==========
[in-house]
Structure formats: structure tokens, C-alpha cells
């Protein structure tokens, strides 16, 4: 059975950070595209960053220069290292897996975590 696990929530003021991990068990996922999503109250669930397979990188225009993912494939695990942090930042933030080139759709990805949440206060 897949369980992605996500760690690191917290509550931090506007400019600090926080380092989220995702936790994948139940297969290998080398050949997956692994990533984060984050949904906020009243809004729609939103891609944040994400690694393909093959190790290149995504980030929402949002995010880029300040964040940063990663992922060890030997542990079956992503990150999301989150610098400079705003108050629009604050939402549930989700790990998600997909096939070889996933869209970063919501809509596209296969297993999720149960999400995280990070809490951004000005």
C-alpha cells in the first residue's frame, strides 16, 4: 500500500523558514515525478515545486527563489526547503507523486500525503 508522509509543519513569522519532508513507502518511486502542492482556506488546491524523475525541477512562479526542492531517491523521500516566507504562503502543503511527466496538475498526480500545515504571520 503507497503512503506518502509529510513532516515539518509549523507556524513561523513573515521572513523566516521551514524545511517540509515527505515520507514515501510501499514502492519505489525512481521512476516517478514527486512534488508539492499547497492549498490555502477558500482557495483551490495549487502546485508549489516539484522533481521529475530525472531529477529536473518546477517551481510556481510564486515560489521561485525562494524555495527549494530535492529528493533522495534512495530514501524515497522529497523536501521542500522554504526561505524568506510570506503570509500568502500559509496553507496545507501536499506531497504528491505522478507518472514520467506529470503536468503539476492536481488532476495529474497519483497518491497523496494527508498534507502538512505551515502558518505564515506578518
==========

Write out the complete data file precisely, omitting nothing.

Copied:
[in-house]
Structure formats: structure tokens, C-alpha cells
């Protein structure tokens, strides 16, 4: 059975950070595209960053220069290292897996975590 696990929530003021991990068990996922999503109250669930397979990188225009993912494939695990942090930042933030080139759709990805949440206060 897949369980992605996500760690690191917290509550931090506007400019600090926080380092989220995702936790994948139940297969290998080398050949997956692994990533984060984050949904906020009243809004729609939103891609944040994400690694393909093959190790290149995504980030929402949002995010880029300040964040940063990663992922060890030997542990079956992503990150999301989150610098400079705003108050629009604050939402549930989700790990998600997909096939070889996933869209970063919501809509596209296969297993999720149960999400995280990070809490951004000005």
C-alpha cells in the first residue's frame, strides 16, 4: 500500500523558514515525478515545486527563489526547503507523486500525503 508522509509543519513569522519532508513507502518511486502542492482556506488546491524523475525541477512562479526542492531517491523521500516566507504562503502543503511527466496538475498526480500545515504571520 503507497503512503506518502509529510513532516515539518509549523507556524513561523513573515521572513523566516521551514524545511517540509515527505515520507514515501510501499514502492519505489525512481521512476516517478514527486512534488508539492499547497492549498490555502477558500482557495483551490495549487502546485508549489516539484522533481521529475530525472531529477529536473518546477517551481510556481510564486515560489521561485525562494524555495527549494530535492529528493533522495534512495530514501524515497522529497523536501521542500522554504526561505524568506510570506503570509500568502500559509496553507496545507501536499506531497504528491505522478507518472514520467506529470503536468503539476492536481488532476495529474497519483497518491497523496494527508498534507502538512505551515502558518505564515506578518